Where there has to be a degree of arbitrariness about tax rules, the Government should accept that people will strive to be just one side of the line rather than another, and cost them on that basis. It should not change the rules every time it discovers that something is just inside that line. Something always will be. Frequent change reduces its own ability to cost, and introduces confusion, both for Government and the taxpayer, about what the tax policy is actually trying to achieve.

Gloomy outlook likely?

If the climate of certainty for compliant taxpayers is not improved, legitimate business will be undermined either to the benefit of the black economy or to our foreign competitors.
On the black economy, two years ago a report in the Economic Journal estimated cash-in-hand work as over 10% of GDP. Few would argue that this was an over-estimate. Despite a television advertising campaign, and recent initiatives on carousel fraud, honest taxpayers still perceive that more effort goes into tripping up the basically compliant than tackling this issue.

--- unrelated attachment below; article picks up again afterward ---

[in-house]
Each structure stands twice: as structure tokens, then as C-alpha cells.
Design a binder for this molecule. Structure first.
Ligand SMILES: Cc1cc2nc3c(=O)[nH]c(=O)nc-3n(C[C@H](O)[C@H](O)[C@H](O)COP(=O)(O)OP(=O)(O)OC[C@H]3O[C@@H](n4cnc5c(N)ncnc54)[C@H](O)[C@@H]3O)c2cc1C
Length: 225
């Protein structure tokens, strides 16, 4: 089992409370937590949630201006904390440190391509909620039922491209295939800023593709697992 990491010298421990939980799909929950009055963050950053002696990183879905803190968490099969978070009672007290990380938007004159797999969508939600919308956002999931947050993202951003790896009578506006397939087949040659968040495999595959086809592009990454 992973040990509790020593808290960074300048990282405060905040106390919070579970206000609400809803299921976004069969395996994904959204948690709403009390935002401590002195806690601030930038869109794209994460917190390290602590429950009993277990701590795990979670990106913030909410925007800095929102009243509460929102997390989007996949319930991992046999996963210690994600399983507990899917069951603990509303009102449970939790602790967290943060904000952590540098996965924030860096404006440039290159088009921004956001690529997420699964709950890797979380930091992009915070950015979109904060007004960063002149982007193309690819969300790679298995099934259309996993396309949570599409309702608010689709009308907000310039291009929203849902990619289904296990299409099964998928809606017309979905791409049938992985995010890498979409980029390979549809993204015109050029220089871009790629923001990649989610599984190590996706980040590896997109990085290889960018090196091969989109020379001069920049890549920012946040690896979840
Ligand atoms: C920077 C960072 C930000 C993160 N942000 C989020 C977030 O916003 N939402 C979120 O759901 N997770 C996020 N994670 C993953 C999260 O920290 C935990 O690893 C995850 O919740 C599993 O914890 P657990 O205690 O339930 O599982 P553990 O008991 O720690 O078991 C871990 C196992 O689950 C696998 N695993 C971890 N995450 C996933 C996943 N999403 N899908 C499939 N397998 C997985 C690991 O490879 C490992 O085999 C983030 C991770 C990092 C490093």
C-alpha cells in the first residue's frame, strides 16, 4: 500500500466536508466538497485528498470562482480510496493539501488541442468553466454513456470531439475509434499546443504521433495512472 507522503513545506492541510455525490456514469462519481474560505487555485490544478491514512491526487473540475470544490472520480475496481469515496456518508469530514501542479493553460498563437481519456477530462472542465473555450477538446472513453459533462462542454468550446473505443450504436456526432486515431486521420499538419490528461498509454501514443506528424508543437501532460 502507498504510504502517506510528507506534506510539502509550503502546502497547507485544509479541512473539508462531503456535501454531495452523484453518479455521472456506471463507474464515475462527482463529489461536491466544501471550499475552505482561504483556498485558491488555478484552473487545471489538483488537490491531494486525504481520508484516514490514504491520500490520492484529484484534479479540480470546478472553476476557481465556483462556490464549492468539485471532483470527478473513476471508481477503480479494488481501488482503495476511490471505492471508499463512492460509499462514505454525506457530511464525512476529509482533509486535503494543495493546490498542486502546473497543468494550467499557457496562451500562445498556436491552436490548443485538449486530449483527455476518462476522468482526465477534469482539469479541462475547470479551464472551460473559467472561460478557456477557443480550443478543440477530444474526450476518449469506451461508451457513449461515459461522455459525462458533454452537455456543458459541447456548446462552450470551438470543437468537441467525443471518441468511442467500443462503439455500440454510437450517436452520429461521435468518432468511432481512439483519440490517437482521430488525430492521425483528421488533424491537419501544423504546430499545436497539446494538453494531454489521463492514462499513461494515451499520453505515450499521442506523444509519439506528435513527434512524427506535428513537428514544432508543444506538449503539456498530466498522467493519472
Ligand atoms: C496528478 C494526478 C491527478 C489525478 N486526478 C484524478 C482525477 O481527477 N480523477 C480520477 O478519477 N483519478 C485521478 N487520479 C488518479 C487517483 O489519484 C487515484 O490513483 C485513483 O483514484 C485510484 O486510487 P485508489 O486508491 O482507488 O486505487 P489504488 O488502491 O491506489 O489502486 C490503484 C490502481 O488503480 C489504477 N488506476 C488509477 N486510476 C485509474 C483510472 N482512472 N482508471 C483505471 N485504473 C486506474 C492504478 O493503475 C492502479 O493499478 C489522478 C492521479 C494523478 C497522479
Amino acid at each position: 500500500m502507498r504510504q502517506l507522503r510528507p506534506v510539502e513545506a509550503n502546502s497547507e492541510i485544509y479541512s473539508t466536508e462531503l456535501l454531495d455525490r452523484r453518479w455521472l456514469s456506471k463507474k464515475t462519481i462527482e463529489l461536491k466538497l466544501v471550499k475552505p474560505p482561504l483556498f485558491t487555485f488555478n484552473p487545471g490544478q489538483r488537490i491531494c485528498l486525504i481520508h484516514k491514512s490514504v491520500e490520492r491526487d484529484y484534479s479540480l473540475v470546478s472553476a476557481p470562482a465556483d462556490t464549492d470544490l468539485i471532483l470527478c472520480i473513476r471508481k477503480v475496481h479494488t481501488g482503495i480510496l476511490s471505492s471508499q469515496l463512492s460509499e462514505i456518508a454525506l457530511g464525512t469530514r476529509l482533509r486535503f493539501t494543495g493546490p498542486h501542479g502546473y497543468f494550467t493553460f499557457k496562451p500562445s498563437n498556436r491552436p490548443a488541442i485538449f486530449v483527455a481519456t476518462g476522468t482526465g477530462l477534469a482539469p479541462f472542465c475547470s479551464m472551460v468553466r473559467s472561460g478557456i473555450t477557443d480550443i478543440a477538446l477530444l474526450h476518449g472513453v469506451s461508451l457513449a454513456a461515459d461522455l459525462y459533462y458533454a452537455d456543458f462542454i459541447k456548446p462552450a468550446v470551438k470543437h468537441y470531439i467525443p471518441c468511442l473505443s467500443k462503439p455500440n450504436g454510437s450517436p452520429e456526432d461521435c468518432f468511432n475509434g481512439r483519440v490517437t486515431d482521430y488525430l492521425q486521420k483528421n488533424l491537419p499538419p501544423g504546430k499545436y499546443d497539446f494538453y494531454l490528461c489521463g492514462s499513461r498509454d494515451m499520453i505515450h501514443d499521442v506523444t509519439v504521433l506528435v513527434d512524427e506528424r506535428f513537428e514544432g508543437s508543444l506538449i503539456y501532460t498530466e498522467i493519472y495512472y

As far as driving business offshore is concerned, a colleague recently reviewed a draft tax disclosure in a prospectus for a Russian venture along the following lines:

Russian taxation

'Russian tax law and practice is not as clearly established as that of the UK and the practice of the Russian tax authorities may not always be in accordance with the law. The Russian tax authorities do not always apply the law evenly to all taxpayers, sometimes motivated by political reasons. It is possible that the current interpretation of the law or understanding of practice may change or, indeed, that the law may be changed with retrospective effect, although legislation with retrospective effects that cause deterioration in taxpayers' positions is generally prohibited.